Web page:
Sunday, 30 October 2011

Second-hand software

There's a lot of it around, but is it legal? Can the licence be transferred to a buyer? That was the issue in  Vernor v. Autodesk, in which Mr Vernor offered unopened, authentic, copies of AutoCAD for sale on eBay. When challenged he applied to the District Court for the Western District of Washington for declaratory relief (that link takes you to a piece published by Foley Hoag) and he got summary judgment. On appeal from the District Court, the Court of Appeals for the Ninth Circuit held that Autodesk's customers were licensees and not owners so the sale of the AutoCAD software to Vernor, which was prohibited by the AutoCAD license, was invalid. Mr Vernor was neither a licensee nor an owner and the first sale doctrine was of no assistance to him.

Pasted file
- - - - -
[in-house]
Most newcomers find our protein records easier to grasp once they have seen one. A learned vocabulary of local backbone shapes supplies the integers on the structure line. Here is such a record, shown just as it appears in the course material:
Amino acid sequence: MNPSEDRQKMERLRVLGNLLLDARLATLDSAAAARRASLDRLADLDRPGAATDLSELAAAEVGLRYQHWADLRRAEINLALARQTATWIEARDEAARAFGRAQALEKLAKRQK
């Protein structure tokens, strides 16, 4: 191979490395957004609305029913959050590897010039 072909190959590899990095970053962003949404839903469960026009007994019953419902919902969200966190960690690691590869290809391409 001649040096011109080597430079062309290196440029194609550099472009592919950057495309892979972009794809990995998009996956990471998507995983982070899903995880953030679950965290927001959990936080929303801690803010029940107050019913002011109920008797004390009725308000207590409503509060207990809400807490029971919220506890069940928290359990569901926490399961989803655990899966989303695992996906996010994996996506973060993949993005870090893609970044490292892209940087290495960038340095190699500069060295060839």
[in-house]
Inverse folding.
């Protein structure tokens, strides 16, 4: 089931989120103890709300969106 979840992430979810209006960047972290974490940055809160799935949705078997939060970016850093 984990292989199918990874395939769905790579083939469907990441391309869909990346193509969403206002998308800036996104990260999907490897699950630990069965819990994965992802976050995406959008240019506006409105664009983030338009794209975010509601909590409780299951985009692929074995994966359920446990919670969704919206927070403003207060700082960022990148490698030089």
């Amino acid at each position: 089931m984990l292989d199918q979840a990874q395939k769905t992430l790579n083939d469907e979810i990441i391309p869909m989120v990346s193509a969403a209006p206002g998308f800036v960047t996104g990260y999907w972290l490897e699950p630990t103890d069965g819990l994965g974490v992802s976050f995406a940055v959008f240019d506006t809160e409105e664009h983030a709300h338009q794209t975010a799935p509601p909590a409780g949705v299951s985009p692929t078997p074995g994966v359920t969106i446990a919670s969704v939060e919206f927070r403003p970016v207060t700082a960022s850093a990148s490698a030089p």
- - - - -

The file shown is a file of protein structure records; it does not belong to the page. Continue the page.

On 3 October the US Supreme Court declined a request to grant certiorari. This means that the Ninth Circuit's three-prong test for determining whether a software user is a licensee or an owner is the law, at least in the Ninth Circuit. This raises the intriguing and very US question whether other circuits will follow the Ninth, and if differences emerge the Supreme Court might well have to take the matter on. Meanwhile, the original claim is back with the District Court, and at the same time an expedition to Luxembourg is under way (from the Bundesgerichthof) in Case C-128/11 Oracle International Corporation v usedSoft GmbH, which might of course produce a completely different answer ... Given that the terms of the licence are crucial in these cases, that might be quite possible and perfectly correct. In any event, it's an interesting area.

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